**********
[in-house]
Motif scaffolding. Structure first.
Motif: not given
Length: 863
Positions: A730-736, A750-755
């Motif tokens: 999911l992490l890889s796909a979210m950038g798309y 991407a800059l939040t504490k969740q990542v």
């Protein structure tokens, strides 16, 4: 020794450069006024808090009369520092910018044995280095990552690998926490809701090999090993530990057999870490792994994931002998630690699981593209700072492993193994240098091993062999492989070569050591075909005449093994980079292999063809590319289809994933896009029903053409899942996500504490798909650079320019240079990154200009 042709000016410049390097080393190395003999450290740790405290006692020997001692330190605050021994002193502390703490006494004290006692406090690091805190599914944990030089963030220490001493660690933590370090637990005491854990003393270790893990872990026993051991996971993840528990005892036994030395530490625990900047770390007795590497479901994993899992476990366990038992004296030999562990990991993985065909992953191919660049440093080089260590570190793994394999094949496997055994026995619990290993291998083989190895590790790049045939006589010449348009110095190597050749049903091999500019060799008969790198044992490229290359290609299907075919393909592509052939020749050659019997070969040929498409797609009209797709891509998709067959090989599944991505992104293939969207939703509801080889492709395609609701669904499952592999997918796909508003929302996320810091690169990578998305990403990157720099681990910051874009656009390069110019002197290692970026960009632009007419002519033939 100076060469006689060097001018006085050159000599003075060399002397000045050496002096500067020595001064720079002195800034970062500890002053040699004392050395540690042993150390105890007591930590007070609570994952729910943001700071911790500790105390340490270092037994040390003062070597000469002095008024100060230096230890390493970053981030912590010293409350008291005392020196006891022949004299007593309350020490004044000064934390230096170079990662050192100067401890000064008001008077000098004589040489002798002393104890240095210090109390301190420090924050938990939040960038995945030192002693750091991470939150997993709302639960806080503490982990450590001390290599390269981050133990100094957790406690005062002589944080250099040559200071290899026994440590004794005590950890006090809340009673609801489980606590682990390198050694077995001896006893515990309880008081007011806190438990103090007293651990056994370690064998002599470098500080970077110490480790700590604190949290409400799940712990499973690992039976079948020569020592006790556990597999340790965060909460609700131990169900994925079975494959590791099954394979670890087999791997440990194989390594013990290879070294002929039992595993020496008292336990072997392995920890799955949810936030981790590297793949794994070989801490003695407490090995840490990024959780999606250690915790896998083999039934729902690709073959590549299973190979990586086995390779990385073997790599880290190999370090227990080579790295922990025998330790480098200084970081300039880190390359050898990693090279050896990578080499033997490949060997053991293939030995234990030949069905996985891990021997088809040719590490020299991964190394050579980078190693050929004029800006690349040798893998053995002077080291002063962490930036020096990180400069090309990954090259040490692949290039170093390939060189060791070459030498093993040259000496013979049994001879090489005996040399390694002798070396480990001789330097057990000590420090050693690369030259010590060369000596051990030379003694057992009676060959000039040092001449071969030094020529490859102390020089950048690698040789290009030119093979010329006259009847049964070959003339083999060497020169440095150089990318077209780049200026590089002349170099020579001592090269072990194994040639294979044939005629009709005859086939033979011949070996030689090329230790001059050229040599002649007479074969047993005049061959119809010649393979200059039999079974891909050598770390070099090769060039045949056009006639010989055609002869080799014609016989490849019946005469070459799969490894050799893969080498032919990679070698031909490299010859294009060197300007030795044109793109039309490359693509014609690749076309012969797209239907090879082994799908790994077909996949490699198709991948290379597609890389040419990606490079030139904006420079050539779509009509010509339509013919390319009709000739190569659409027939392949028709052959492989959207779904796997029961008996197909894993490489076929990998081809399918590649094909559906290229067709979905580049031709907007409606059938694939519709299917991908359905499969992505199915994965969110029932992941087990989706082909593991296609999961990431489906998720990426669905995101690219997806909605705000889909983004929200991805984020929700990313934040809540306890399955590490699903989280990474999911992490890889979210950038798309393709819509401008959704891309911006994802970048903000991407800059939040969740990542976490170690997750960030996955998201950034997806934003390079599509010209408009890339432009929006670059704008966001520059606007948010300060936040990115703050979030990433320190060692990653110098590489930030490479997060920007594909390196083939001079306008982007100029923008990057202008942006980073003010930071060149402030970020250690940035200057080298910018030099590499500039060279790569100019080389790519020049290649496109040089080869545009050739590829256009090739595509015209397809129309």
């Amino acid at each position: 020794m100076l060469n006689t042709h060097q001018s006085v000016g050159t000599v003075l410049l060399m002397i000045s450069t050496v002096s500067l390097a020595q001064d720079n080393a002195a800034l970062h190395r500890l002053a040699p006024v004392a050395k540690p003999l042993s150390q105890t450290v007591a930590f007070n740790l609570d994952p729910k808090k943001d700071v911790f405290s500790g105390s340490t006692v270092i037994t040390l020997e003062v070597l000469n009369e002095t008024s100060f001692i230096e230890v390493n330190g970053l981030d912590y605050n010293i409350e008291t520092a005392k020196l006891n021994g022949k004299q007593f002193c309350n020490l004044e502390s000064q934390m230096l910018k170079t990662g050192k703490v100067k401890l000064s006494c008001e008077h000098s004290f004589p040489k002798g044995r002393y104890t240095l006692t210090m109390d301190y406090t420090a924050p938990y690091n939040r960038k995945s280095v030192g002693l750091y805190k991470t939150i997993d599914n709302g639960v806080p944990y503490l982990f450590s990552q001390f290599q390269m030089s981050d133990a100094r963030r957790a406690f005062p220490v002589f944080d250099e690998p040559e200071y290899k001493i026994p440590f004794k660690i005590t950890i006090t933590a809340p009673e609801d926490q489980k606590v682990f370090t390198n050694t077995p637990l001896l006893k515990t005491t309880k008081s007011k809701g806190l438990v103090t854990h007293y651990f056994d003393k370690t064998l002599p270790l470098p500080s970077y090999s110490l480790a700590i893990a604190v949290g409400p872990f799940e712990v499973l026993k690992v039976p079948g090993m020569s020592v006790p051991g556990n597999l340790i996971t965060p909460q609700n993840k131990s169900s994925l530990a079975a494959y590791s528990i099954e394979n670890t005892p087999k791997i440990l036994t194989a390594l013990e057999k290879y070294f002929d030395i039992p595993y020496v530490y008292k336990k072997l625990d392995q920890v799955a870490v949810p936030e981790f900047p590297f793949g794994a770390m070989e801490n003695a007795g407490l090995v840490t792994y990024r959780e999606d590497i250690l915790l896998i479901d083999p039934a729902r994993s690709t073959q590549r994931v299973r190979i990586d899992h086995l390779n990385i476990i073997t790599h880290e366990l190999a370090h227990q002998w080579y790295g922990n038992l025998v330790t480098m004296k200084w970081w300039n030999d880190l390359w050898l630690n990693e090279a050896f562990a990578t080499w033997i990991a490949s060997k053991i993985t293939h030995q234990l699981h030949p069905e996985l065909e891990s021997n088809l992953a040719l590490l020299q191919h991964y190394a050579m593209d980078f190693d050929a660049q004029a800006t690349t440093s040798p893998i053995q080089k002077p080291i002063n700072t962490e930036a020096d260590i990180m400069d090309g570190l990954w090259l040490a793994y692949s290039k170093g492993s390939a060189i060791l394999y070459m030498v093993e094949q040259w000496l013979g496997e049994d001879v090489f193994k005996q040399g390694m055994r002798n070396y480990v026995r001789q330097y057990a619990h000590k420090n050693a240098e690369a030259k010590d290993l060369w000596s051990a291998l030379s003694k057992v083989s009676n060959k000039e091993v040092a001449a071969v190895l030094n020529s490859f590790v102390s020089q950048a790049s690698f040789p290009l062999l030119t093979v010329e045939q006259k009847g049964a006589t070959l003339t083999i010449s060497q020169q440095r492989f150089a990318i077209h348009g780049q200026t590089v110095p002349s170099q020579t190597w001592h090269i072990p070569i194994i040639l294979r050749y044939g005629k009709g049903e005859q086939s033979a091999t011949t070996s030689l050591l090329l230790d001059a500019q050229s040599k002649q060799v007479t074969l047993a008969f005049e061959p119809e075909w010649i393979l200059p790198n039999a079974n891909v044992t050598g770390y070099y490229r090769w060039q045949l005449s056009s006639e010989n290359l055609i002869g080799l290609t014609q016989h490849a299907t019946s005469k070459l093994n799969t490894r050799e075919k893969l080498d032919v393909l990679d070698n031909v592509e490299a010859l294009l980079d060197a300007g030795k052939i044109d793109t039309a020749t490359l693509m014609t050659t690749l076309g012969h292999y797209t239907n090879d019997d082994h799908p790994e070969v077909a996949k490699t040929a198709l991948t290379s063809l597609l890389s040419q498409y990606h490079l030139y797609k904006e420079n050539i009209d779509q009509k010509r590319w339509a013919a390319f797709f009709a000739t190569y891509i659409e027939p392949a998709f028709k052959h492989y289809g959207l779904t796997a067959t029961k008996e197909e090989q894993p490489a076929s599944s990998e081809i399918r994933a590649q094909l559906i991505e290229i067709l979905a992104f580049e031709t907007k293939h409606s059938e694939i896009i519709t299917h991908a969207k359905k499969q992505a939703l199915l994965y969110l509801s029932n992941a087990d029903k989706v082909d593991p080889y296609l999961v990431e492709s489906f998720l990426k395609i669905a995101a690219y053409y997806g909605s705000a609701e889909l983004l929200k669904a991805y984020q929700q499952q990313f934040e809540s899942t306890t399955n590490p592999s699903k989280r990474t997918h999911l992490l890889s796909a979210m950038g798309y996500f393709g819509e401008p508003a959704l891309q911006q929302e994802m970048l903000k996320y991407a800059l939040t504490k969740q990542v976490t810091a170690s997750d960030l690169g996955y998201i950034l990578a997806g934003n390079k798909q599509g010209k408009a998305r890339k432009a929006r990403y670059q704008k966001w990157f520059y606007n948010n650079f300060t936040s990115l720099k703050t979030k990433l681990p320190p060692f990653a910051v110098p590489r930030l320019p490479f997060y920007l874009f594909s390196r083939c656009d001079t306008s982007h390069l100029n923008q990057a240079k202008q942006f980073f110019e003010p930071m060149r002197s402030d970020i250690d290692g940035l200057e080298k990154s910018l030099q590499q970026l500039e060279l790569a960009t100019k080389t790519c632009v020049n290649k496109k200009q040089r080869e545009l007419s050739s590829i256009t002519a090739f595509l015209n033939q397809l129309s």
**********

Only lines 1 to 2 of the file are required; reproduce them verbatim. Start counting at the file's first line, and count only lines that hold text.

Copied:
[in-house]
Motif scaffolding. Structure first.